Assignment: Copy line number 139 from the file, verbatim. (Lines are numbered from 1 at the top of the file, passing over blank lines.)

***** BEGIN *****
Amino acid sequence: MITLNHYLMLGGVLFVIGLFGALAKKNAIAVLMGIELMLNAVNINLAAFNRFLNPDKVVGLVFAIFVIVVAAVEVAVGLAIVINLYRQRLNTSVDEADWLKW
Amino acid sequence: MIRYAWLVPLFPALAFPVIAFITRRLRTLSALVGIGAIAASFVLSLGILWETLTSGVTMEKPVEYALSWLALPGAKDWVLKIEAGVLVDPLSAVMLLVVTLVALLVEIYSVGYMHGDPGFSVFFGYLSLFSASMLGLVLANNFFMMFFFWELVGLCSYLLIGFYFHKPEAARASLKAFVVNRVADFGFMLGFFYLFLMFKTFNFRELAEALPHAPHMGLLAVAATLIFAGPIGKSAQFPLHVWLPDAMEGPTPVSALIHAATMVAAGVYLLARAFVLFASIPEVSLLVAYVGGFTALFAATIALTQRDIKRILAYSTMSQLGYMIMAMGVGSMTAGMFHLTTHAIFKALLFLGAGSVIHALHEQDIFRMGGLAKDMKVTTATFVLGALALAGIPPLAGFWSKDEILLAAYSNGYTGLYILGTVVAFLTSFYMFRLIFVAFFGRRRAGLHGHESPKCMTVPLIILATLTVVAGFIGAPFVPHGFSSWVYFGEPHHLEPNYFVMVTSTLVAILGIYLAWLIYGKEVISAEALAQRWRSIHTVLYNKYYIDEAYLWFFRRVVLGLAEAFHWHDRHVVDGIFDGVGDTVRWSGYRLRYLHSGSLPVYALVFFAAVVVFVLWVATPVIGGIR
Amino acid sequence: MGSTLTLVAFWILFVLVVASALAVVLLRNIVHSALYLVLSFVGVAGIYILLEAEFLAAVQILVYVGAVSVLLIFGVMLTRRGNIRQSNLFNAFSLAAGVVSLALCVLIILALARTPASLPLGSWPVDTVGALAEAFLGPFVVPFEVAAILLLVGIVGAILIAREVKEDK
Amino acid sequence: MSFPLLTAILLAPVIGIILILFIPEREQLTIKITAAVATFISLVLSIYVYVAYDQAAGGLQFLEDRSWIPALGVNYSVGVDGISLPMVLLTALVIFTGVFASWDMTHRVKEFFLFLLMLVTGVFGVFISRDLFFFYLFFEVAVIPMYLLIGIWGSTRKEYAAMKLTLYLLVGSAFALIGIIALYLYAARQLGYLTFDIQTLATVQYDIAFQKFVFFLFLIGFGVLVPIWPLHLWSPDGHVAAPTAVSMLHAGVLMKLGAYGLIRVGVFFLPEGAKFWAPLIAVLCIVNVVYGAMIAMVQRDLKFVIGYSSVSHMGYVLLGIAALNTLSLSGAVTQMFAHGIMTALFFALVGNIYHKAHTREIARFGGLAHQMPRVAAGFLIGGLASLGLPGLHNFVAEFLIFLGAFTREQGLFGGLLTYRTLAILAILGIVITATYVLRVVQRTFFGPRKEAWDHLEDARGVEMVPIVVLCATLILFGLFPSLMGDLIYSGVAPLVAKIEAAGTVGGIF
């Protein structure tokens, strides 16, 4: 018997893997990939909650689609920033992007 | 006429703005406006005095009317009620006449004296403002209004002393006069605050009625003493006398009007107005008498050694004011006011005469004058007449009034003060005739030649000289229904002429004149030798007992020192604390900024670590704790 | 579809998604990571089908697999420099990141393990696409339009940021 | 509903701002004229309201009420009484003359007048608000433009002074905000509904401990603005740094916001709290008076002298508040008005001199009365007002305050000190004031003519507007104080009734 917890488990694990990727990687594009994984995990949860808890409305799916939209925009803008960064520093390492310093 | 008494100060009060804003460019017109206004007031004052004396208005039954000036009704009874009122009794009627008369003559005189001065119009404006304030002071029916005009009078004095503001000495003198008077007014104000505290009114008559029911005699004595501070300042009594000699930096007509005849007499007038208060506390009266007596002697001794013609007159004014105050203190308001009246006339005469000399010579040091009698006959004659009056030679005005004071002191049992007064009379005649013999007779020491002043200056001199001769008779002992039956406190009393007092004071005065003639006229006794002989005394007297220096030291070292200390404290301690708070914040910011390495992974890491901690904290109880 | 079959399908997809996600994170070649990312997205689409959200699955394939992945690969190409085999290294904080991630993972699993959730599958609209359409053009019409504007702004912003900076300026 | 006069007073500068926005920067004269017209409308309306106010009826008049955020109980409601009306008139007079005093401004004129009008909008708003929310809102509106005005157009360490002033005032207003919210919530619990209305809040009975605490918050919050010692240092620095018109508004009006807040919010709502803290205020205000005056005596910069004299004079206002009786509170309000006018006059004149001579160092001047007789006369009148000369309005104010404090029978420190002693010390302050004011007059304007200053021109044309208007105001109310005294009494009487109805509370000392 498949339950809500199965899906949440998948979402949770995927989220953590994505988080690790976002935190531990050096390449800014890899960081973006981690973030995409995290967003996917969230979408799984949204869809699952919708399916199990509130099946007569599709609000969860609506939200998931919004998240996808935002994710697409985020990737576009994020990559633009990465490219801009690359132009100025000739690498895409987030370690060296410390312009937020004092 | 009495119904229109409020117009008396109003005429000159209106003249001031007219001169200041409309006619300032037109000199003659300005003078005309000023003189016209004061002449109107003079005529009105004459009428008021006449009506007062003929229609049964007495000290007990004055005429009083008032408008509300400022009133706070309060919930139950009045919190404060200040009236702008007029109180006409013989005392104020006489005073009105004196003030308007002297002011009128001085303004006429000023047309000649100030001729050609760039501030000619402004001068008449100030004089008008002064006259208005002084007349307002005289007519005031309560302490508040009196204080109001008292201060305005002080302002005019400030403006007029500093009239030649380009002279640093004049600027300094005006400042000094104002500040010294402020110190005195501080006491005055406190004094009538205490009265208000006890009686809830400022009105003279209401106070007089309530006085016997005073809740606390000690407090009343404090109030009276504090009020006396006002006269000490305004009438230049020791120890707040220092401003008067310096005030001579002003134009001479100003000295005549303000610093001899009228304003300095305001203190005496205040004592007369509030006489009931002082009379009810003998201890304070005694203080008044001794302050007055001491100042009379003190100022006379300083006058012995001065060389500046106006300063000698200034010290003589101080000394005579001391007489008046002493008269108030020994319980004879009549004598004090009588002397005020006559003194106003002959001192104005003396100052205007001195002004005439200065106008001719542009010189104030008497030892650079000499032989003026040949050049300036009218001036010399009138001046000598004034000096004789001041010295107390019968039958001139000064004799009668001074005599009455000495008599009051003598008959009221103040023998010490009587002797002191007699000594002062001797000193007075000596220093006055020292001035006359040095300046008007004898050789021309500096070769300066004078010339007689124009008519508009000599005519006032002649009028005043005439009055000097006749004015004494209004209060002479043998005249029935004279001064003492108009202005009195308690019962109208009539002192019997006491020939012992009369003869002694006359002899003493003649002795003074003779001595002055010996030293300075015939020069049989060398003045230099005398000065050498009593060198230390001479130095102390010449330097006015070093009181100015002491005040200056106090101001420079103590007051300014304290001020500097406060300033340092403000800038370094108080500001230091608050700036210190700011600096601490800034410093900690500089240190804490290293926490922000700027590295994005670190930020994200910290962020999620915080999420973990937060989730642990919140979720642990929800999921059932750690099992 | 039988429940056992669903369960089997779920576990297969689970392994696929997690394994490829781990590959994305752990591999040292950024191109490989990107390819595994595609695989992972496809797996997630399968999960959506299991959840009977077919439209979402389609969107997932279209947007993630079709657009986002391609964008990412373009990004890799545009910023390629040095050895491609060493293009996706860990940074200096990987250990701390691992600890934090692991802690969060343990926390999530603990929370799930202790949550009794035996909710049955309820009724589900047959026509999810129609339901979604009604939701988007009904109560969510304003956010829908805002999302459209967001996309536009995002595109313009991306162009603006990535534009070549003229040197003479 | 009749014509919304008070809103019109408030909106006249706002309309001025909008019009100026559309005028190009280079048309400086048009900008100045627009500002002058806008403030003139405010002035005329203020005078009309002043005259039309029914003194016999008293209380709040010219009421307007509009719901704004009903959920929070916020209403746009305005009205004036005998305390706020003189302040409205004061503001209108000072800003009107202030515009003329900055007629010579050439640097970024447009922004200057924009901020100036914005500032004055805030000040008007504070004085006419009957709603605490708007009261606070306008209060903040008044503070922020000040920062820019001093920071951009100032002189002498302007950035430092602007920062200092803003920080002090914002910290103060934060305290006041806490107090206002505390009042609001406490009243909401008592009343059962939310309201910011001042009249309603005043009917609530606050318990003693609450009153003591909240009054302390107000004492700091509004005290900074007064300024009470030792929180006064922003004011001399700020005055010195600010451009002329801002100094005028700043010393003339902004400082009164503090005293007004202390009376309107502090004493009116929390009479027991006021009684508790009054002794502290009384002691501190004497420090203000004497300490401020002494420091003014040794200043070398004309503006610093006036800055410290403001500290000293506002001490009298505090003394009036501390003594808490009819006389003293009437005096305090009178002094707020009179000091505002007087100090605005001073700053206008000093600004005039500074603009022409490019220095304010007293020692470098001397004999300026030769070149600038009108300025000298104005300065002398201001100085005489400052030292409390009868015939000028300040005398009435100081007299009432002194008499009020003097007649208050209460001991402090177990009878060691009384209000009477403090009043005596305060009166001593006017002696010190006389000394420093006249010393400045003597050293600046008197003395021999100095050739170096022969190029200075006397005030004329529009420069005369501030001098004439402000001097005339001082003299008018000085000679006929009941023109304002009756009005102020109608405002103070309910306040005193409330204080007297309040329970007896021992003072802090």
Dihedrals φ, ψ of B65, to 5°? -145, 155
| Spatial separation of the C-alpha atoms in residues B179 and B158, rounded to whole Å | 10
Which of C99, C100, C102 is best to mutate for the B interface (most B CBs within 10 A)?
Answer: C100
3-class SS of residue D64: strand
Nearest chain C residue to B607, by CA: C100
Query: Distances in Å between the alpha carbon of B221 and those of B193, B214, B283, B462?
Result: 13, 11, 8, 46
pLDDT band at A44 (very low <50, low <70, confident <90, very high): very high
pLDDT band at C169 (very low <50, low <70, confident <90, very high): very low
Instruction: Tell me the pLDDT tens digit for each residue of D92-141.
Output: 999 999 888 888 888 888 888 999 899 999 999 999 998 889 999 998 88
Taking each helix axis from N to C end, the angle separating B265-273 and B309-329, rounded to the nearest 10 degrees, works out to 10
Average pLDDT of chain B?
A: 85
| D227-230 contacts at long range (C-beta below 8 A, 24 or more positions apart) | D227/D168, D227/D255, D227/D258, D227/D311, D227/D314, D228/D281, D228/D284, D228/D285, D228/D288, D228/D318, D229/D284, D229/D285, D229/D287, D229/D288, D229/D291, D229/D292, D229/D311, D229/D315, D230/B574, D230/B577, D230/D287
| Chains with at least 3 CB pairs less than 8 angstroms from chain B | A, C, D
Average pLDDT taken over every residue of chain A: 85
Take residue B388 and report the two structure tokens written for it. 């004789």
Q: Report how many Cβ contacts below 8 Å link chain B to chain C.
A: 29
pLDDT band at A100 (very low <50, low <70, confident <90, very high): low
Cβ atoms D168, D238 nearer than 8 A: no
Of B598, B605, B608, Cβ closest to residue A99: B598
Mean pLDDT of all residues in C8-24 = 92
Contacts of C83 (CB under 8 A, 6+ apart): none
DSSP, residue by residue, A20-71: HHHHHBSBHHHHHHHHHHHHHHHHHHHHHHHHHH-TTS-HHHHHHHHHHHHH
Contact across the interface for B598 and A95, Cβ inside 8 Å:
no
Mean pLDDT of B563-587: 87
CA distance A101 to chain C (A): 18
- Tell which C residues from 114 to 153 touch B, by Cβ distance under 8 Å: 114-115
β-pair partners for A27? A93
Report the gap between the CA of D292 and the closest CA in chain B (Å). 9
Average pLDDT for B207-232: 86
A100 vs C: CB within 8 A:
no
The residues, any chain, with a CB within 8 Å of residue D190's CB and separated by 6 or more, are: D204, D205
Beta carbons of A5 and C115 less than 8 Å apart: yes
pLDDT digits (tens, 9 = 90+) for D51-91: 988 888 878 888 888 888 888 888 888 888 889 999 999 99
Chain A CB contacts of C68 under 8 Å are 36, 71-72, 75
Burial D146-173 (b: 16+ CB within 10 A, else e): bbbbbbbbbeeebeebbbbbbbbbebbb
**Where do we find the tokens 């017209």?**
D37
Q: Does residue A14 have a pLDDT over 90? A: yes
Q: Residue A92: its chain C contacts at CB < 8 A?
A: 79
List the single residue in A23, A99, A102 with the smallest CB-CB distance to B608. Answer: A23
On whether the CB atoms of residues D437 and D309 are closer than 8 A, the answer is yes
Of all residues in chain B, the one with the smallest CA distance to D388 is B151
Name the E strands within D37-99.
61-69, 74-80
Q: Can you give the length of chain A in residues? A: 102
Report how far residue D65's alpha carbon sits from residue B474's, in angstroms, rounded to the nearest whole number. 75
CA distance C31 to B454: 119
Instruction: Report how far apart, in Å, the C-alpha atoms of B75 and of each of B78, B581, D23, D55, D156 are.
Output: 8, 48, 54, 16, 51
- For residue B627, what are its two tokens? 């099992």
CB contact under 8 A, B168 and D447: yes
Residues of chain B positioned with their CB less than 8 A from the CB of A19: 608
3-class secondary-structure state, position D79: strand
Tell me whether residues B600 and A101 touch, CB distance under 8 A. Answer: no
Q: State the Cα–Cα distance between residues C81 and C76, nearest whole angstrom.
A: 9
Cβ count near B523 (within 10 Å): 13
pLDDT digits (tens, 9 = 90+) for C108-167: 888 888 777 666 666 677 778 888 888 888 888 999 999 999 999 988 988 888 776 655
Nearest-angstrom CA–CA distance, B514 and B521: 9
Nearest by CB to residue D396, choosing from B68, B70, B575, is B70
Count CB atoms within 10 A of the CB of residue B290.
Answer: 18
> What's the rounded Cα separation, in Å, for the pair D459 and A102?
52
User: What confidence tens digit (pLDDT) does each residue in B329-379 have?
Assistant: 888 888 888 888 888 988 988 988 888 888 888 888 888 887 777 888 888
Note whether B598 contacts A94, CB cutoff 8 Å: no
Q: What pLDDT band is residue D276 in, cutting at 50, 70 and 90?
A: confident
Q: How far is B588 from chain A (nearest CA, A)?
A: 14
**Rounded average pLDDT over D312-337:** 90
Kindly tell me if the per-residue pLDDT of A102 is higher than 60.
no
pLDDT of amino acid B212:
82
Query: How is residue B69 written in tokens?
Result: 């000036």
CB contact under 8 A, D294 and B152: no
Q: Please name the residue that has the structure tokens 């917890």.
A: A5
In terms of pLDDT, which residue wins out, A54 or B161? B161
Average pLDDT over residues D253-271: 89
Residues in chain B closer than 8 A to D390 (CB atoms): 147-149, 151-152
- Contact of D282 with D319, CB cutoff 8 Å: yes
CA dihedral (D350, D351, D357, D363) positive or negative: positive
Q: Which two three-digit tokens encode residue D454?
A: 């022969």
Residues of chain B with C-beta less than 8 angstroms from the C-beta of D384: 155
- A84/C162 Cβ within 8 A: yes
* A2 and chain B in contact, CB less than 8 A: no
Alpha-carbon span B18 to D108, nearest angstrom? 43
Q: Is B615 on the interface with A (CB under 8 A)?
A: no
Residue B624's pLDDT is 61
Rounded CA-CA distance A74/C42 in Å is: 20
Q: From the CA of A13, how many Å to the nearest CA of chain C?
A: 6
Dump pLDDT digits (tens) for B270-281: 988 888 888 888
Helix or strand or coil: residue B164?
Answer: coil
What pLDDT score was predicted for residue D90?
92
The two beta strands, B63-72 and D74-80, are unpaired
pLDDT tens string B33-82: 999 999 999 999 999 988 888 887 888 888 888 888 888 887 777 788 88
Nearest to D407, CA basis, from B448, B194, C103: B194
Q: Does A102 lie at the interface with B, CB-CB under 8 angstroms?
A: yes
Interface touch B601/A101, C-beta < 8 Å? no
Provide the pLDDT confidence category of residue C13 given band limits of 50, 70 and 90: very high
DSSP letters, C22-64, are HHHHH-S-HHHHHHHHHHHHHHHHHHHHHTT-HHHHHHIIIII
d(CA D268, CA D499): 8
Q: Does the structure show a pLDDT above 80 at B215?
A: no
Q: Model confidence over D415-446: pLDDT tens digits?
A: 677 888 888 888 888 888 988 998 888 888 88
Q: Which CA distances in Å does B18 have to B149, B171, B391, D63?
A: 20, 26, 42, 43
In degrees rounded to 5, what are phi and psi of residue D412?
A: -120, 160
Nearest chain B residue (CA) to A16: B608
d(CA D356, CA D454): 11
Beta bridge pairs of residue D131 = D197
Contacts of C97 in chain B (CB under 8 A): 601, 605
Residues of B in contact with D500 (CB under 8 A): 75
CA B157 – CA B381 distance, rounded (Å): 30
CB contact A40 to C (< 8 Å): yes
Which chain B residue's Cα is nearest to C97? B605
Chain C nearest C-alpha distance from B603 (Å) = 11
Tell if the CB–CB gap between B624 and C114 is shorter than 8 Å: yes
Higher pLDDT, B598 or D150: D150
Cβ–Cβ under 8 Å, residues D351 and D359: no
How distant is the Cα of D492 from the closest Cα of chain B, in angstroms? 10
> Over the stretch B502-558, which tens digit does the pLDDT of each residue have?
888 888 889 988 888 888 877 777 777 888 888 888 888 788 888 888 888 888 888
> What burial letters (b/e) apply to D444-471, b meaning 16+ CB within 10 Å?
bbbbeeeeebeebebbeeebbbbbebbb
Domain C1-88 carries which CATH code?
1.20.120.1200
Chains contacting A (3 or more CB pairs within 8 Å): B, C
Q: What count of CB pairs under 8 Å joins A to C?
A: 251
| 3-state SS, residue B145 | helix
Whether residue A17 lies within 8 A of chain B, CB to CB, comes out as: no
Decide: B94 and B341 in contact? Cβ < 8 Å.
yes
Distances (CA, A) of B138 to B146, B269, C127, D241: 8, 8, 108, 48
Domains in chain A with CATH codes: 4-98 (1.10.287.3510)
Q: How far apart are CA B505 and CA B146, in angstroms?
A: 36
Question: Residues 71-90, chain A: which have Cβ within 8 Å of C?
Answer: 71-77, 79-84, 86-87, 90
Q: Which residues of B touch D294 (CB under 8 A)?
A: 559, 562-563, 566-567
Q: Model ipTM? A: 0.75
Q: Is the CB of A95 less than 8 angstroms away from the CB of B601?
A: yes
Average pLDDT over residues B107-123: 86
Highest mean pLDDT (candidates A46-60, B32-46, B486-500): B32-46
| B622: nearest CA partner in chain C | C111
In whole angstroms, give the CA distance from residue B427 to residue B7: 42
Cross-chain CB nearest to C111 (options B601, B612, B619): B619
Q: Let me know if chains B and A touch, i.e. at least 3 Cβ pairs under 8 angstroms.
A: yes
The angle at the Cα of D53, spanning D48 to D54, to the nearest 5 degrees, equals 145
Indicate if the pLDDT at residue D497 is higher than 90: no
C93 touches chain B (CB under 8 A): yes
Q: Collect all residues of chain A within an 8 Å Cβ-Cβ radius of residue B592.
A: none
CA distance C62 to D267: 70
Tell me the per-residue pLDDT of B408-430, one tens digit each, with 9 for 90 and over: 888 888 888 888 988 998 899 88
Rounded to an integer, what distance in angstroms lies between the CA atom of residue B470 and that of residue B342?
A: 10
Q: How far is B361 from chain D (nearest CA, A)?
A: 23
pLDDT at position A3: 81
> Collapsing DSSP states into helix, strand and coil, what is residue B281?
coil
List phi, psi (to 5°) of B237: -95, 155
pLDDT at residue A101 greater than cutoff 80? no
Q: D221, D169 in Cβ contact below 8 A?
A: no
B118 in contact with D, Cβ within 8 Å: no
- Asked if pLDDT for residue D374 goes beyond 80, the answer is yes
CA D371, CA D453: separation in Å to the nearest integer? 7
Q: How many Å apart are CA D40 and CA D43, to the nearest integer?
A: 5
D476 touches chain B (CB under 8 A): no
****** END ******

CA B157 – CA B381 distance, rounded (Å): 30